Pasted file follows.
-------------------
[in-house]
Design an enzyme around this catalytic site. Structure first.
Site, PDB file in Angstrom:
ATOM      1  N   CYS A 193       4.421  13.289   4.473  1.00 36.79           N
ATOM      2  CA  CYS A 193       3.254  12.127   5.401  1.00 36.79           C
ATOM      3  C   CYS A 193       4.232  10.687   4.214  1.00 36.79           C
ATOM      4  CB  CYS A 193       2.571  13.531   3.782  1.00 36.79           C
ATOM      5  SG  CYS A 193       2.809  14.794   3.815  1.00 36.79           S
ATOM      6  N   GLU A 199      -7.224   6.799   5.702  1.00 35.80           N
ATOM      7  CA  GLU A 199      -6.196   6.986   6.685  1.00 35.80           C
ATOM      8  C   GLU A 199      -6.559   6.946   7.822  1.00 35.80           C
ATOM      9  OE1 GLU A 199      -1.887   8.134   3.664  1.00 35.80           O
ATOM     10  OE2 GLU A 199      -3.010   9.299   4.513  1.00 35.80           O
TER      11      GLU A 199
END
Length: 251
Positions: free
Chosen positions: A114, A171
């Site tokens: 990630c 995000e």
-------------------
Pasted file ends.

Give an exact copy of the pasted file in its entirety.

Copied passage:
[in-house]
Design an enzyme around this catalytic site. Structure first.
Site, PDB file in Angstrom:
ATOM      1  N   CYS A 193       4.421  13.289   4.473  1.00 36.79           N
ATOM      2  CA  CYS A 193       3.254  12.127   5.401  1.00 36.79           C
ATOM      3  C   CYS A 193       4.232  10.687   4.214  1.00 36.79           C
ATOM      4  CB  CYS A 193       2.571  13.531   3.782  1.00 36.79           C
ATOM      5  SG  CYS A 193       2.809  14.794   3.815  1.00 36.79           S
ATOM      6  N   GLU A 199      -7.224   6.799   5.702  1.00 35.80           N
ATOM      7  CA  GLU A 199      -6.196   6.986   6.685  1.00 35.80           C
ATOM      8  C   GLU A 199      -6.559   6.946   7.822  1.00 35.80           C
ATOM      9  OE1 GLU A 199      -1.887   8.134   3.664  1.00 35.80           O
ATOM     10  OE2 GLU A 199      -3.010   9.299   4.513  1.00 35.80           O
TER      11      GLU A 199
END
Length: 251
Positions: free
Chosen positions: A114, A171
């Site tokens: 990630c 995000e």